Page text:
Lipscomb University officially opened its new 24,800-square-foot Nursing and Health Sciences Center today with a dedication ceremony and tours of the high-tech health care training facility that can also be used as an emergency triage center in times of crisis.
Nashville Health Care Council President Caroline Young and Memorial Foundation President J.D. Elliott joined Lipscomb’s Roger Davis, dean of the College of Pharmacy and Health Sciences; Beth Youngblood, executive associate dean of the School of Nursing; and President L. Randolph Lowry, to celebrate the opening of the new facility, which includes a 14-bed assessment skills lab, a 16-bed health simulation lab and two lecture halls large enough for 102 students.
“This new facility will prepare Lipscomb’s next generation of health science professionals to serve the global community in a way they are crying out for,” said Davis. “This center will be the focal point for educational activities for all our health science students. The work that will be done in this building is just the beginning of a new phase in Lipscomb’s already impressive reputation for preparing students for careers in the health sciences,”
The $8.5 million Lipscomb Nursing and Health Sciences Center was constructed by D.F. Chase, with Tuck Hinton as architects and Barge Waggoner as the engineering firm.
The building will be a site for traditional classroom learning as well as the teaching of assessment skills in a dedicated laboratory and treatment skills in a 16-bed unit which simulates a hospital environment. The Health Simulation Lab features 19 computerized mannequins, that can display symptoms of a range of illnesses and wounds, in an authentic hospital-like setting.
“Our new building sends the message that Lipscomb is a stand-alone bachelor’s nursing program that can match any other program around,” said Youngblood. “It really has the feel of a true hospital unit. We are able to do high-fidelity simulations for our students, meaning we will use interactive simulators that can respond to our interventions and change their course of care. And we can also videotape the entire scenario for analysis later.”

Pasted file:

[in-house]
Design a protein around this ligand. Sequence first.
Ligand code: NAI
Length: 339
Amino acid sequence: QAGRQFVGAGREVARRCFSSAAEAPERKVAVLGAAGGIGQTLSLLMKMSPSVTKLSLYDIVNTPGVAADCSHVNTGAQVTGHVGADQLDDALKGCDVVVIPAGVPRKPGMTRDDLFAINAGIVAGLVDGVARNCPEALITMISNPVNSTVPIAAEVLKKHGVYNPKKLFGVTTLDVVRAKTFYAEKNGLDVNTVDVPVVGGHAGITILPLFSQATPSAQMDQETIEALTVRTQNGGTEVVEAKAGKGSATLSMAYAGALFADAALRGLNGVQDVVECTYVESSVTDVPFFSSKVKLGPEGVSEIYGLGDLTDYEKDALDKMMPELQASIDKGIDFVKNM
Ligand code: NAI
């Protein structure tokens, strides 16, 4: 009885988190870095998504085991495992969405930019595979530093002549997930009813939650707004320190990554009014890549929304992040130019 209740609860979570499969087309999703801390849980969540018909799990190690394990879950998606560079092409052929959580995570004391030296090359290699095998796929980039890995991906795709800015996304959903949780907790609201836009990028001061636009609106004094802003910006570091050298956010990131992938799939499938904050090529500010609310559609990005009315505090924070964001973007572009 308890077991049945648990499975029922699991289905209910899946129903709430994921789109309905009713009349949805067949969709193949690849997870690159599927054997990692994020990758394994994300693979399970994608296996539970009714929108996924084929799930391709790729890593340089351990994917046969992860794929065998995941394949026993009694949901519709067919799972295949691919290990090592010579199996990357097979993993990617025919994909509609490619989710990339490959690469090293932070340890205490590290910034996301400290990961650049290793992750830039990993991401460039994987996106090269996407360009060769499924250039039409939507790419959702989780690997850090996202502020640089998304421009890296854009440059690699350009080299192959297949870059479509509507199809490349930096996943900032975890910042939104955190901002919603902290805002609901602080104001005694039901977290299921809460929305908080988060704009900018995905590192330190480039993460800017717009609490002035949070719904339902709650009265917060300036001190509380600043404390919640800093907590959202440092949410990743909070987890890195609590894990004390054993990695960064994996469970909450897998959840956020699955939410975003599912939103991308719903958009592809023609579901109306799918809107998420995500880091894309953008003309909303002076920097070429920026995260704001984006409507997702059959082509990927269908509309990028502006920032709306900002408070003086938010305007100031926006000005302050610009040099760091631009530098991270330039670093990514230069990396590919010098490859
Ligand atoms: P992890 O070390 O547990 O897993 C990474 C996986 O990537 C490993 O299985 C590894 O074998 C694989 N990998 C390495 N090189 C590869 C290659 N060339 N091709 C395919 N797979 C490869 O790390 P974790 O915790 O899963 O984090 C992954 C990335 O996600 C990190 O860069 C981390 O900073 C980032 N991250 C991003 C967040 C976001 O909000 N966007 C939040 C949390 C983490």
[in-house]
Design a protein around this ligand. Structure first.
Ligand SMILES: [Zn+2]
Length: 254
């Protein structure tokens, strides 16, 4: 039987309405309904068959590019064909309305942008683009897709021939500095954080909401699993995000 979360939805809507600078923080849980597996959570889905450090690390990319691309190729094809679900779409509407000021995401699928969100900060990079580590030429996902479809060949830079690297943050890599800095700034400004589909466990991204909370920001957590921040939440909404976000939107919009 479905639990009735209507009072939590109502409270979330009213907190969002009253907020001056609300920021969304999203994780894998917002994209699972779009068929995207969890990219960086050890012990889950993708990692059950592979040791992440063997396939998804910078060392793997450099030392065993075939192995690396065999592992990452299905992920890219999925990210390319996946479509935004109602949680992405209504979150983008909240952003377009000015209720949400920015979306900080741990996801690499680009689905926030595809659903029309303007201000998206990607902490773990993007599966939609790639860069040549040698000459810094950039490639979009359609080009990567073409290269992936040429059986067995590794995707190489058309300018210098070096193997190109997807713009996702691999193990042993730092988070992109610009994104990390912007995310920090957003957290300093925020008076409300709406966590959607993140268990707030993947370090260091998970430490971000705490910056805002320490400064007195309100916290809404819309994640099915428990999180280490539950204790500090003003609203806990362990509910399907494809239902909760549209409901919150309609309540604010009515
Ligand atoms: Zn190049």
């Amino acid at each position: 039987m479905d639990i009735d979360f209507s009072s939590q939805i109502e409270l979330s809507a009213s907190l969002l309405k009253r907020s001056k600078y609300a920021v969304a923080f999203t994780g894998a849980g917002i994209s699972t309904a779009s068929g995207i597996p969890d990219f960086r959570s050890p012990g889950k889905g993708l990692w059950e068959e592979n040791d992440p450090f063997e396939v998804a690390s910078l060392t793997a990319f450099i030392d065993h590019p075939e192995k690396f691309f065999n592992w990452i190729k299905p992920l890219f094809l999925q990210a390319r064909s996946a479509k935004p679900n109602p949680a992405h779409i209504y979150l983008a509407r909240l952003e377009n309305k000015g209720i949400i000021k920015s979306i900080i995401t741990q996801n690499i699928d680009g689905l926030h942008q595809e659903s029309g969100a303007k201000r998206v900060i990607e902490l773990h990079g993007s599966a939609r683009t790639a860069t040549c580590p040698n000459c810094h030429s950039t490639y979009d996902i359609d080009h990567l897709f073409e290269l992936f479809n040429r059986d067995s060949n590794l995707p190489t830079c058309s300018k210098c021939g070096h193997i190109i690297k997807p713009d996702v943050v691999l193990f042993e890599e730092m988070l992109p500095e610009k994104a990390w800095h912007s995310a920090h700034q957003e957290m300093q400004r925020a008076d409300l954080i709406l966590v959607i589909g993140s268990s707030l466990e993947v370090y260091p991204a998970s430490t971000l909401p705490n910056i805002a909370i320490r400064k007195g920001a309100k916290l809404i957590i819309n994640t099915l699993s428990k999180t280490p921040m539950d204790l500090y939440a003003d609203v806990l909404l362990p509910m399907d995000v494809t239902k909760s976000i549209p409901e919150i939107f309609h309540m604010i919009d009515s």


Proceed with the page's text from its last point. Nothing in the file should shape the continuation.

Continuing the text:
The patient mannequins can bleed, vomit, cough, suffer cardiac arrest, display abnormal heart and breath sounds, give birth and respond to specific treatments. There are infant and child mannequins as well as adult males and females and one patient simulator that displays a range of cardiac problems.
The facility is so well-equipped that in the event of a disaster on campus or in the community it can be converted into a 30-bed triage and stabilization site for patients prior to being transported to higher levels of care.
Classrooms and collaborative learning spaces are large enough to allow the rapidly growing nursing program to triple in size from around 30 student nurses per year to around 100 per year. The upcoming Class of 2014 already includes 79 student nurses, an increase from 36 in the Class of 2013.
The 14-station assessment skills lab will be used to practice physical assessment and diagnostic skills and to learn immunization techniques, safety methods and CPR.
This facility is part of the university’s Lipscomb:Next initiative to invest $125 million dollars in the university by its 125th anniversary in 2016. Students in Lipscomb’s nursing, pharmacy, kinesiology and exercise and nutrition science programs will all pass through the doors of this new academic building.
"I appreciate the generations of health sciences faculty who have helped generations of students prepare to enter the health care field. In this program, we seek to educate people to be competent and to have character and compassion. That is part of the holistic approach of the Lipscomb education," Said Lipscomb President L. Randolph Lowry at the dedication ceremony.
Besides opening a new facility, 2012 is also a hallmark year for the Lipscomb School of Nursing with a new program head – Youngblood, who came to Lipscomb this past summer – and its largest group of student nurses ever, with 114 nursing majors and 180 students who have declared pre-nursing as their major. The school now has a faculty of 58, including adjuncts and experiential instructors.